This week in Washington, Transatlantic Trade and Investment Partnership (TTIP) negotiations are set to begin. These negotiations represent an historic opportunity to strengthen the trade and investment relationship with the European Union and boost economic growth on both sides of the Atlantic.
The idea of a transatlantic free trade area is not a new one; indeed the idea has been around for decades but most observers said a deal would be too difficult for a whole host of reasons.
Weak economic growth has convinced both governments that now is the time to fashion a comprehensive, ambitious and high-standard transatlantic accord.
Such an agreement must not only eliminate tariffs; it must tackle non-tariff barriers – including regulations, standards, testing certifications and many other "behind-the-border" measures – that needlessly increase the cost of trade between the U.S. and Europe.
It will not be easy – there are some real differences in the way the US and the EU approach regulation. But progress does not require either side to give up their respective regulatory regimes. Through a combination of mutual recognition, impact assessments and regulatory dialogue we can bridge our regulatory differences and identify opportunities to eliminate needless or redundant bureaucratic red tape without impacting important health, safety, environmental and investor protections.
The other major benefit that can come from the TTIP is the opportunity to have the US and the EU aligned on many of the critical 21st century trade issues that we both face around the world. Whether it is on state sponsored enterprises, digital trade, intellectual property, investment, supply chains or services trade, forging common ground between the US and the EU will produce a set of high standards that should become the global norm.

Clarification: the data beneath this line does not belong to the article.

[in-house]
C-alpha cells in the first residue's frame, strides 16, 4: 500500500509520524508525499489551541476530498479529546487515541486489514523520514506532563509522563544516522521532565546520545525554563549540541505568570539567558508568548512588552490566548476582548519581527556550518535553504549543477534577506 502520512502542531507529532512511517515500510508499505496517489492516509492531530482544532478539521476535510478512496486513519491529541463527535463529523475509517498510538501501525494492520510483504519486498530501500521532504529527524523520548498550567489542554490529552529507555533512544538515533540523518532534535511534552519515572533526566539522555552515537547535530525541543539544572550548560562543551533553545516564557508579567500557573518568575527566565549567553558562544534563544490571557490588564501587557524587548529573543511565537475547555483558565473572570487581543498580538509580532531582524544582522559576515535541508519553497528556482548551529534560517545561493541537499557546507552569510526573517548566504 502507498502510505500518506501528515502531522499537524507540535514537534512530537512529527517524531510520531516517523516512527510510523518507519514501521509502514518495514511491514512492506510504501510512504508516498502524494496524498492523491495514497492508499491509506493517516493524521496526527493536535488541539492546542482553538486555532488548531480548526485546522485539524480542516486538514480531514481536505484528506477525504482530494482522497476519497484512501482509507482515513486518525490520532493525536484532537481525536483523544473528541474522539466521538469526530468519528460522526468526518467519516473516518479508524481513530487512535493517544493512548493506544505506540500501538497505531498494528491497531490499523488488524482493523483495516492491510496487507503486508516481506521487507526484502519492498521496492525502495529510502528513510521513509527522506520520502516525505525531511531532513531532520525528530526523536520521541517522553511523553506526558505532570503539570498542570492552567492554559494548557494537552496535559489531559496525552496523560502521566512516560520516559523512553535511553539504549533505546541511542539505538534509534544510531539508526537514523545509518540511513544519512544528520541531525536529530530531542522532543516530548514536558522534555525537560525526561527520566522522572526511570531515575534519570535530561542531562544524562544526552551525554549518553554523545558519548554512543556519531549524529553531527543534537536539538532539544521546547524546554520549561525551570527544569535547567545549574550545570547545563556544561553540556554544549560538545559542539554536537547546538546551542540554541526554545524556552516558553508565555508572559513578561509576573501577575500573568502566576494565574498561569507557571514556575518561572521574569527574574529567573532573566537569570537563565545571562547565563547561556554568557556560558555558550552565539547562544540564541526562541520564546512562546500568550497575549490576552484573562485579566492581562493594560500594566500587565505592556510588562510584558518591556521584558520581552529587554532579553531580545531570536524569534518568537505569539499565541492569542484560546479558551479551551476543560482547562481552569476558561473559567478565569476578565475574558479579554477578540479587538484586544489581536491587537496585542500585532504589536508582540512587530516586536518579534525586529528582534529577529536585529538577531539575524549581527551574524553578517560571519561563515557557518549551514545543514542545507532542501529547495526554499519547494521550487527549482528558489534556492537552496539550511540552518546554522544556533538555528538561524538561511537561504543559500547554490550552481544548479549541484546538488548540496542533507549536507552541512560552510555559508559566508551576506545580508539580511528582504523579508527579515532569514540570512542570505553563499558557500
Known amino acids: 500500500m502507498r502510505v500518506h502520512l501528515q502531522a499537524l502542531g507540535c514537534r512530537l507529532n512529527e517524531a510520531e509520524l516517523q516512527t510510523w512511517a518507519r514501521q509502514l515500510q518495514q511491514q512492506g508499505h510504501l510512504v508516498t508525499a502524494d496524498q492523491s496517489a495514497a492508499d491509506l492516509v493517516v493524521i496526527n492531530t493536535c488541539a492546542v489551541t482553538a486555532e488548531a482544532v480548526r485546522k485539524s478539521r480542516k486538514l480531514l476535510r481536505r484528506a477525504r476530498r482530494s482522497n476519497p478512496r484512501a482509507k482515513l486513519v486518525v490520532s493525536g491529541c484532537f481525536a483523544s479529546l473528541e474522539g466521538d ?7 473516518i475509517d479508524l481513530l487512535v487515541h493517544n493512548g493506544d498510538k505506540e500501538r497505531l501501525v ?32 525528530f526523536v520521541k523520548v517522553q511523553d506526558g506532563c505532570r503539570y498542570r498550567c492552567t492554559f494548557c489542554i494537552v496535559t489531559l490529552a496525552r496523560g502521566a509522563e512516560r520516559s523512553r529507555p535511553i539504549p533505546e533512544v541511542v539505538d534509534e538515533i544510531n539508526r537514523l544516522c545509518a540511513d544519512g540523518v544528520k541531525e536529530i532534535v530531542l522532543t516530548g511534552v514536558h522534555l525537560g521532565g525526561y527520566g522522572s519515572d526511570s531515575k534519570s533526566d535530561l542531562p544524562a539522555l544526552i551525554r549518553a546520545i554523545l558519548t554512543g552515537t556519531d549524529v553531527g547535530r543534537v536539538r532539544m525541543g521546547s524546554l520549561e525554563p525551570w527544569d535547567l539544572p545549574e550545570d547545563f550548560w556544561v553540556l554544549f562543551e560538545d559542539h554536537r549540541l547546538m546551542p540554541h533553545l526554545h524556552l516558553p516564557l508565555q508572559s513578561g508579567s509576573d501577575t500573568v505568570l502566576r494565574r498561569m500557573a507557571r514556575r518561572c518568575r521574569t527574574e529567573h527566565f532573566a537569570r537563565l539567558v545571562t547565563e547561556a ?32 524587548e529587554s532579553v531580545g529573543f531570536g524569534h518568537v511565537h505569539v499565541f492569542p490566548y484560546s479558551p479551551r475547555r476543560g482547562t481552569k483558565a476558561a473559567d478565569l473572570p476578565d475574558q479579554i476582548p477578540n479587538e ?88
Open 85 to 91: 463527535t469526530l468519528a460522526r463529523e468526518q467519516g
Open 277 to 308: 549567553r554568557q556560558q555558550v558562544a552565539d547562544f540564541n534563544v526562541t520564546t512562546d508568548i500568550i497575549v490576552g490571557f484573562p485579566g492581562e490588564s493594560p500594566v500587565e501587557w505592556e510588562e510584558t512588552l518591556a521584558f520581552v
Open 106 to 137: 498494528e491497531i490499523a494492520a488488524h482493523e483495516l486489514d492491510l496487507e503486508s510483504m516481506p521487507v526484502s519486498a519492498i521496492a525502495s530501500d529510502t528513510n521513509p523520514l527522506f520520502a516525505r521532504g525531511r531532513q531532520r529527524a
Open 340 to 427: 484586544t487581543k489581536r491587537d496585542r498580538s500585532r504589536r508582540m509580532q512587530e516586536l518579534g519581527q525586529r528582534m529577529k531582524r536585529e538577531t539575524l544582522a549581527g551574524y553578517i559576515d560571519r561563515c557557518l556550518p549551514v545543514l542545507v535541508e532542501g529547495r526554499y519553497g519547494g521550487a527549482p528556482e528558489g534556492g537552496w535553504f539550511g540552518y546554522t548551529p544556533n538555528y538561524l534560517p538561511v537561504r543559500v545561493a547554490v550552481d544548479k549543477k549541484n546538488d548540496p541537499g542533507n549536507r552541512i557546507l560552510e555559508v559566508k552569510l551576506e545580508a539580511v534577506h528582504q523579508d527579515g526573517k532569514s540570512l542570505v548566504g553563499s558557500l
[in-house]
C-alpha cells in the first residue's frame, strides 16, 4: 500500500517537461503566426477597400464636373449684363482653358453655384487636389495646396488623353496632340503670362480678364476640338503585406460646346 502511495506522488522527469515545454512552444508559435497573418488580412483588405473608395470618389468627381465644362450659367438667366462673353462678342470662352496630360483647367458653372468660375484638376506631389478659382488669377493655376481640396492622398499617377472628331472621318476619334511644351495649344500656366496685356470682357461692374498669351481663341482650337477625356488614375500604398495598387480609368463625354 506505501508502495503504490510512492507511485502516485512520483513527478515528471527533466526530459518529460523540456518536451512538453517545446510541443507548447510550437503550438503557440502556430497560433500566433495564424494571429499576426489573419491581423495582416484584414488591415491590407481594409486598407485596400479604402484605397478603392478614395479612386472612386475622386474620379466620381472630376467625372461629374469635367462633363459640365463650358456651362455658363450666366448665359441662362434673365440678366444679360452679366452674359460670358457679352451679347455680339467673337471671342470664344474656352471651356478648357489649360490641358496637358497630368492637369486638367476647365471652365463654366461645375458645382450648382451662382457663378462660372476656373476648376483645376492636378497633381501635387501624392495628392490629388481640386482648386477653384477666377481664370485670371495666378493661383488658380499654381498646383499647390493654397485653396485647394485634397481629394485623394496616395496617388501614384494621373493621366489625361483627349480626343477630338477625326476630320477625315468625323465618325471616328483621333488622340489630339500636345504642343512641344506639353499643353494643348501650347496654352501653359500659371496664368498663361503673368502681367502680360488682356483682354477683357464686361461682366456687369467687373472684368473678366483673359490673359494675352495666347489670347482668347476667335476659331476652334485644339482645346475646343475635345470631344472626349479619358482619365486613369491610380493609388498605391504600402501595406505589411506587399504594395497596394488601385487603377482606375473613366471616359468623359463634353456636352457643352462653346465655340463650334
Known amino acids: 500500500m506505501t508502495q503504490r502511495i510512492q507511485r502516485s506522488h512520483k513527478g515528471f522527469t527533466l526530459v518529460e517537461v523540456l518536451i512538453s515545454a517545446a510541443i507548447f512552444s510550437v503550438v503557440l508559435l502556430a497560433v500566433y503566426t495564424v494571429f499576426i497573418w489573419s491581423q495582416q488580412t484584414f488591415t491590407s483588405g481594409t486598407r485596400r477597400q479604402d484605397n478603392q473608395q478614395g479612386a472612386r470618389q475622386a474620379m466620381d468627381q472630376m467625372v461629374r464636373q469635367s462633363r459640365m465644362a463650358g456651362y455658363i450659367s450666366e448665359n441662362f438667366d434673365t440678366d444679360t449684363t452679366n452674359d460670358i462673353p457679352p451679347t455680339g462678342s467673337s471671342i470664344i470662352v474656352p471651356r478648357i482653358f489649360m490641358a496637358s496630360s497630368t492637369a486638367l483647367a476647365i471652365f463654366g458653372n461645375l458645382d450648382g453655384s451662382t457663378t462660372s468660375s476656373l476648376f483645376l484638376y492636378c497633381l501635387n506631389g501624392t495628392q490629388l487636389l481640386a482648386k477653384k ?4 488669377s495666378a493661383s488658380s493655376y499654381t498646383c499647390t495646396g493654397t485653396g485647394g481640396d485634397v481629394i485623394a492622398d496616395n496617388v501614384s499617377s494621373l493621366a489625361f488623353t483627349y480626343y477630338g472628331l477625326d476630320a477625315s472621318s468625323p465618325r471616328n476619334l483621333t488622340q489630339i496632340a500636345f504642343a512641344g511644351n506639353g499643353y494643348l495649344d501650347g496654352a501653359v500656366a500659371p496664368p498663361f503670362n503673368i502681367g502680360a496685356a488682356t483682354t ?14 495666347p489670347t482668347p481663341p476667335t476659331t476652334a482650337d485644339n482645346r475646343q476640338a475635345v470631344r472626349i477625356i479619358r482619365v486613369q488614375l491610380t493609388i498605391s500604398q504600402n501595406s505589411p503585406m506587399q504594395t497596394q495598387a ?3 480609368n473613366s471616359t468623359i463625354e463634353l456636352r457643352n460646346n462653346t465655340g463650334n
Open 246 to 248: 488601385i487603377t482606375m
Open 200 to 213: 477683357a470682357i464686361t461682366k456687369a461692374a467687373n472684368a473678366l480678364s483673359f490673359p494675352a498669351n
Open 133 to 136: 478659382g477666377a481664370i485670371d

Common standards will help US and European companies operating around the world and will make the transatlantic region more globally competitive.
One issue that is especially important to FedEx is trade facilitation – making the movement of goods across borders more efficient and less costly. Trade facilitation, or customs modernization, can reduce the administrative cost of trade by as much as 10 percent.
We should use the TTIP to make trade between the US and the EU as seamless as possible by reducing unnecessary or duplicative customs and security procedures. Good work has already been done in this area and the TTIP can provide additional impetus to go even further. A strong trade facilitation outcome will make the other trade-promoting elements of the TTIP that much more meaningful.
The United States and the European Union have the largest trade and investment relationship in the world, worth over $5 trillion. Together we generate half of the world's output. Further integrating our two economies will generate economic growth and jobs on both sides of the Atlantic. Let's set our sights high and seize this historic opportunity.
—Michael Ducker is chief operating officer and president, international for FedEx Express. He serves on the advisory committee for Trade Policy and Negotiations for the Obama Administration.